Help with paras

Discussion in 'General Education' started by urban teacher, Aug 25, 2016.

  1. urban teacher

    urban teacher Rookie

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    Aug 25, 2016

    I am a long term special Ed teacher who just moved states (CA to GA), severity of students (mild/moderate to severe) and started in a new school. There are at least 3 issues. 1) The principal and the paras have an adversarial relationship. Last year, issues arose so she moved all of them around without talking to them. They all talk about her. My issue is that she assigned lunch duty to them this week without talking to me or anyone so they cover the cafeteria and I am alone for an half hour.
    2) New to the severe pop., I'm not sure what to expect from paras. My para in the past and I function as a team. These 2 consider themselves only responsible for certain students. They don't interact with the other students.
    3) Because I am new and don't plan to be here long, I'm not sure how much I want to push things. Plus, I know admin will not back me. I'm more looking for ways to help get them to interact with all the students.
     
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  3. vickilyn

    vickilyn Multitudinous

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    Aug 25, 2016

    Sounds like you have ended up in the middle of a dysfunctional "family." You can only know how they are assigned if you read the IEP. Some are 1:1, others not so much. I certainly can appreciate your intent to not get into the middle of things. Maybe, if you find that they are not there as 1:1 with specified students, you can share that with the paras and see if they can't "help you get through the days ahead." That leaves them feeling appreciated, while keeping admin out of it. Knowing what is actually written in the IEPs will give you leverage. Use it.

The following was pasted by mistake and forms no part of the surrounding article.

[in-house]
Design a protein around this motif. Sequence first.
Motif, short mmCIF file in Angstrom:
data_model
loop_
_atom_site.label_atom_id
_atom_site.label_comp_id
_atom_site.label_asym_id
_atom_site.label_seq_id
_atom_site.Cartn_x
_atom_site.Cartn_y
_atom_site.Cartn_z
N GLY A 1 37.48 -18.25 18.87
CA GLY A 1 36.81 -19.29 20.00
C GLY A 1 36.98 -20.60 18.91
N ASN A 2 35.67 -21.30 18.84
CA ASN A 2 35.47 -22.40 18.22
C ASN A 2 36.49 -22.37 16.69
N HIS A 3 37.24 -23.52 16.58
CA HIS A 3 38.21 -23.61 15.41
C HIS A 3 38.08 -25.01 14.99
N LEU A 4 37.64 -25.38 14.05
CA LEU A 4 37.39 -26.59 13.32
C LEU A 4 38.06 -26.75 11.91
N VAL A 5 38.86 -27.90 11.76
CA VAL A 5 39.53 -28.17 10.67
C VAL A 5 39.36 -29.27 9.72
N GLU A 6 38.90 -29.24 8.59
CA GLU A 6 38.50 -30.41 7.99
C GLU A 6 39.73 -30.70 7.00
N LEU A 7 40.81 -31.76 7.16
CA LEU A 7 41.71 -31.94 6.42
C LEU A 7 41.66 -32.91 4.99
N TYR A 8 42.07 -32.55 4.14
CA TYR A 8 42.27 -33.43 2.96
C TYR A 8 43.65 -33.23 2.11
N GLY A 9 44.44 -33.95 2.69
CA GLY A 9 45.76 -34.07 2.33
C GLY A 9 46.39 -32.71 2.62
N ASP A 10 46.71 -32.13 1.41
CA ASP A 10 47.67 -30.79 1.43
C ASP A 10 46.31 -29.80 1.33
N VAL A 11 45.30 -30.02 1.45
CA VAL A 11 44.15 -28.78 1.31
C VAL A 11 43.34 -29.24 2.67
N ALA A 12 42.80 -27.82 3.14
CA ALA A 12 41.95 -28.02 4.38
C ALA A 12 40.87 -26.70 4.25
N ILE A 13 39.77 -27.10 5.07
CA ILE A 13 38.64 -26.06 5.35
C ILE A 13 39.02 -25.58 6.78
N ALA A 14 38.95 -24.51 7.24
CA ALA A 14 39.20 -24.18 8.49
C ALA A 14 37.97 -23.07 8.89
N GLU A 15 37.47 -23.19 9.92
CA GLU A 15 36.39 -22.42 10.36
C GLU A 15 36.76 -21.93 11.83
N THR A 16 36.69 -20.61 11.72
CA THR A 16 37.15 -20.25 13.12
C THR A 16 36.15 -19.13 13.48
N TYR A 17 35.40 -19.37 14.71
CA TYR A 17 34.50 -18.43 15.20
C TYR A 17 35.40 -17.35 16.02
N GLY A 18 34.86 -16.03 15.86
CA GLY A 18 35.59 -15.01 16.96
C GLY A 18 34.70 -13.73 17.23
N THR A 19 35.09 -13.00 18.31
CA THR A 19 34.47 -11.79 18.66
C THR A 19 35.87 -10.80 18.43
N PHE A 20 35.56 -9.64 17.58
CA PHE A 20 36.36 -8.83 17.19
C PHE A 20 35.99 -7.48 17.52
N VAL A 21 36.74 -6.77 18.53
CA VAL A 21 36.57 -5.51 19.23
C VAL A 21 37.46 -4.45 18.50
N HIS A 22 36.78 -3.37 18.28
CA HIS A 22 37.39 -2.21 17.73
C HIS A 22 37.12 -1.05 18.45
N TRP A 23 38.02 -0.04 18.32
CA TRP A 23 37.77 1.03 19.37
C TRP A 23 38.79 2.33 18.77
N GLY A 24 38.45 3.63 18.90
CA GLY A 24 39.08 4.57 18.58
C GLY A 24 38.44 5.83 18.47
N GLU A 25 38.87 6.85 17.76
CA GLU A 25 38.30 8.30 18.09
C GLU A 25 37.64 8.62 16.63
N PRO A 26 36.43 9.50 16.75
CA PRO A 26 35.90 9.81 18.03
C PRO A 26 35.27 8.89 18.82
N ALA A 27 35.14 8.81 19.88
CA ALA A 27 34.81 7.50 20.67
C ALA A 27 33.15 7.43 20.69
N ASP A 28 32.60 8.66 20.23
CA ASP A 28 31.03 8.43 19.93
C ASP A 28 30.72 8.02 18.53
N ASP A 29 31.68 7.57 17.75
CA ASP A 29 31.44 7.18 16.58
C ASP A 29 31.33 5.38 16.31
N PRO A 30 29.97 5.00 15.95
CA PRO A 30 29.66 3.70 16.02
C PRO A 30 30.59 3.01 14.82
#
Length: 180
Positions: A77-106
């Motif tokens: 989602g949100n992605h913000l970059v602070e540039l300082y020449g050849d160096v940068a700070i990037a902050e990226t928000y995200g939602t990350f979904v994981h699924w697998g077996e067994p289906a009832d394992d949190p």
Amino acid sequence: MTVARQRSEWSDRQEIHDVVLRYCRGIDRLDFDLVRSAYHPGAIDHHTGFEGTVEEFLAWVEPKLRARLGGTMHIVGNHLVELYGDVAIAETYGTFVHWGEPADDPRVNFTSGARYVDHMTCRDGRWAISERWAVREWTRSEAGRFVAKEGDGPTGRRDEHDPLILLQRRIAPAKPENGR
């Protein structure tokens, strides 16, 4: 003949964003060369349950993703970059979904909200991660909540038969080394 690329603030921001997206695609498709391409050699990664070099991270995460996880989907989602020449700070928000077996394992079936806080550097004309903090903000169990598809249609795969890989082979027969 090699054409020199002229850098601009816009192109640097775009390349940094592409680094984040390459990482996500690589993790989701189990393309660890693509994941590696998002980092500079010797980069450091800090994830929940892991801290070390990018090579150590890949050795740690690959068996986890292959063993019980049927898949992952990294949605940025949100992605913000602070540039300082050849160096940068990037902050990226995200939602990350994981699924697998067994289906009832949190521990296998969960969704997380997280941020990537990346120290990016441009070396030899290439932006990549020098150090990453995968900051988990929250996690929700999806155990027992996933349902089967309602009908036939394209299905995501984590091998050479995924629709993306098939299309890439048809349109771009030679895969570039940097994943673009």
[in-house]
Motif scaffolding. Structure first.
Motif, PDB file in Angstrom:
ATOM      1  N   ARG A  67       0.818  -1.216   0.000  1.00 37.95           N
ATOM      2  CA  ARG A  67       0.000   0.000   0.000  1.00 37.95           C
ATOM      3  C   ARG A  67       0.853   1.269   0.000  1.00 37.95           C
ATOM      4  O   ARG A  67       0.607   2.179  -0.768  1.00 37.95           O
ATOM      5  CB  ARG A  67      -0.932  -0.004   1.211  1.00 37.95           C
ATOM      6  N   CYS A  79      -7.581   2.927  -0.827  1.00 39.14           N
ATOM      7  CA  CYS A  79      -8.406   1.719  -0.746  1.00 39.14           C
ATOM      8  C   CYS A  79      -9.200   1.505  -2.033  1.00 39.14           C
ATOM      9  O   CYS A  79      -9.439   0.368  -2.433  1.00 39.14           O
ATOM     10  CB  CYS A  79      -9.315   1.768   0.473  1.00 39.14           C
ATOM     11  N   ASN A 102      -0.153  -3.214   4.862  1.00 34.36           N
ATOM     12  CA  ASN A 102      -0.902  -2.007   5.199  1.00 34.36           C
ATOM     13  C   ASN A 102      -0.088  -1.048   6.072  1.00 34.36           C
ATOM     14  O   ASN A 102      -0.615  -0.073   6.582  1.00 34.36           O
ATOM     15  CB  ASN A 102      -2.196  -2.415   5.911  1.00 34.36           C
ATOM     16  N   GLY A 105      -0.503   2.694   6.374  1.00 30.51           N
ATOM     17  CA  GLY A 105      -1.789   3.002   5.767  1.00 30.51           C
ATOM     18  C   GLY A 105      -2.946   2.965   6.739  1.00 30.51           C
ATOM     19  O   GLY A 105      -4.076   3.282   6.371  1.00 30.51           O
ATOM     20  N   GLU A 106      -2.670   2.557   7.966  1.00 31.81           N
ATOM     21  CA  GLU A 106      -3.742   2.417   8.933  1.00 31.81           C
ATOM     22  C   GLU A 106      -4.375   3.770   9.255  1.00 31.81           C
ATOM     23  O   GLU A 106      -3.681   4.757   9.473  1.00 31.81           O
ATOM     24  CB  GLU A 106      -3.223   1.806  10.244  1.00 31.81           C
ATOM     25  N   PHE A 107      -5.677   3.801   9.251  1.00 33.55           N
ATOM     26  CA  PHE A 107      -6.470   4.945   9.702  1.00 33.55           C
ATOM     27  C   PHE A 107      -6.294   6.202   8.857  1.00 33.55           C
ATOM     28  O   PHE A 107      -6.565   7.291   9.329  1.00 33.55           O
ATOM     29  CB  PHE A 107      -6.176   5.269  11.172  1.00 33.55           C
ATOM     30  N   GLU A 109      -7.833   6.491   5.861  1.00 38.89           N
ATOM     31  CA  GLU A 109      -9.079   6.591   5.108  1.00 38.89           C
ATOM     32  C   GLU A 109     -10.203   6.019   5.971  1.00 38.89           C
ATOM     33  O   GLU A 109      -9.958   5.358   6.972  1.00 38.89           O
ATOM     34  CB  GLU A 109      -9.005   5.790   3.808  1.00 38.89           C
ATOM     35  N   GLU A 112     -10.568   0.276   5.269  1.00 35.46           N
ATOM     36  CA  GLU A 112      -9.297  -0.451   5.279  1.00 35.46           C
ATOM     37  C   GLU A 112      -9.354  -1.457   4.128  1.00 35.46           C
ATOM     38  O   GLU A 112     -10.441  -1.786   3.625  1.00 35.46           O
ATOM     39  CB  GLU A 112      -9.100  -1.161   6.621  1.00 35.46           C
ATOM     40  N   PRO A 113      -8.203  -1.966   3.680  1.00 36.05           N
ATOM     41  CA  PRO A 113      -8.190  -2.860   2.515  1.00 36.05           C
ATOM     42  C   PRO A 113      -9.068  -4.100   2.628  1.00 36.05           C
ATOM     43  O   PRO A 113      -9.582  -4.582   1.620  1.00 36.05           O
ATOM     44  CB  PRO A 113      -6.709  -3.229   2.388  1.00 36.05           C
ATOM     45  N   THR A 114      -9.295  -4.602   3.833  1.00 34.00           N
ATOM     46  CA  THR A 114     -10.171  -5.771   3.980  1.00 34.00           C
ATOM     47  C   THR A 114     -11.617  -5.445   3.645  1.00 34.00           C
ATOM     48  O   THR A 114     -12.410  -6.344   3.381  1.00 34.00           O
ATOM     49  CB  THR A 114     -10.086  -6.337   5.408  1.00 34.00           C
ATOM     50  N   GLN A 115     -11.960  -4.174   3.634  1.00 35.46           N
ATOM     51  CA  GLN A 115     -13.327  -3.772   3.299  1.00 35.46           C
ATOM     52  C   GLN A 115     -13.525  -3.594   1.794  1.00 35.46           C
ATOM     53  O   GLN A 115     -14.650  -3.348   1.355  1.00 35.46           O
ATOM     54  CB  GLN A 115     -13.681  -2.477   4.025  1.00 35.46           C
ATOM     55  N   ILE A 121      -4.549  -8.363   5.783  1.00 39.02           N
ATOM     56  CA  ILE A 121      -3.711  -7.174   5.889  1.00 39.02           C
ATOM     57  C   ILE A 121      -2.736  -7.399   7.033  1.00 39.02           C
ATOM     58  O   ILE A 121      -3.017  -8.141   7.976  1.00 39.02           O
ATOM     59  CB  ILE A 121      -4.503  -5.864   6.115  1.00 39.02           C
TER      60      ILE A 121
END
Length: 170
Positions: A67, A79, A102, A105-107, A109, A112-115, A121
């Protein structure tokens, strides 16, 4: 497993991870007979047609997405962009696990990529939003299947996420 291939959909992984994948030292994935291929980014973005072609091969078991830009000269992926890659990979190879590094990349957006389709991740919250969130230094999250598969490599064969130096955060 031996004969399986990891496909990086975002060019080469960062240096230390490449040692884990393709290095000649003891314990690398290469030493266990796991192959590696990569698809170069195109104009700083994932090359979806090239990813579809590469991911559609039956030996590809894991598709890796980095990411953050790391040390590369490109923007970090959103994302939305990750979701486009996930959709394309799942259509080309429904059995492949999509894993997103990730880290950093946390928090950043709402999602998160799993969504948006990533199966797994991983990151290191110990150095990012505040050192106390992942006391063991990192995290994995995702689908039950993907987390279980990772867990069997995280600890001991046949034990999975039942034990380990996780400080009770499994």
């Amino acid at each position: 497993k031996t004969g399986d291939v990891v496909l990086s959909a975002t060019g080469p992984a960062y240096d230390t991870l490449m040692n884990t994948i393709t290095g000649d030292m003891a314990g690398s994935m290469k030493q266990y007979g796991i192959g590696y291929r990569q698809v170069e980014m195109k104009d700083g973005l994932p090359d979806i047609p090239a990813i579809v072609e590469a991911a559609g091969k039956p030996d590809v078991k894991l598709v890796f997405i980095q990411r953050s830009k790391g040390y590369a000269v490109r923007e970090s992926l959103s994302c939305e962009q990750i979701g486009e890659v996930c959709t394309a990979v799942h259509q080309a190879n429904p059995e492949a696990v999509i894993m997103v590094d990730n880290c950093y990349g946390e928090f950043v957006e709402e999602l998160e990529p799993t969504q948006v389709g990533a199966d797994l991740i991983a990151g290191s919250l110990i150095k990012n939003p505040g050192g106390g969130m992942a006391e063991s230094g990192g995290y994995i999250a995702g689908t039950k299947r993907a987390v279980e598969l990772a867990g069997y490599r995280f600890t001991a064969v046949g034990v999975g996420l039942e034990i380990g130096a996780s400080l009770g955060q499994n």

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  4. urban teacher

    urban teacher Rookie

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    Aug 25, 2016

    Thank you. It is a dysfunctional family. They are not 1 on 1s. They are just used to doing their own thing except showing up for duty. I finally got them to help in circle by asking. A lot of special ed departments have the us against them mentality but this takes it to an extreme. They are so mad at the admin that they pretty much don't do anything.
     
  5. Lisabobisa

    Lisabobisa Companion

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    Aug 26, 2016

    Figure out your expectations and write them down. Hold a meeting and review this with your paras. I have us all sign an informal contract that is displayed in the room. Set up a supervision schedule that includes which students they will have at what times based on IEP requirements. I have mine as a table divided into 30 minute increments down the left side and all our names across the top. Schedule weekly meetings to review expectations and to discuss all those little things that come up. I always end with a questions comments or concerns where my assistants can voice anything that's on their mind. The purpose of these meetings is to build rapport and stop the little things from snowballing into big things that require administrator attention.
     

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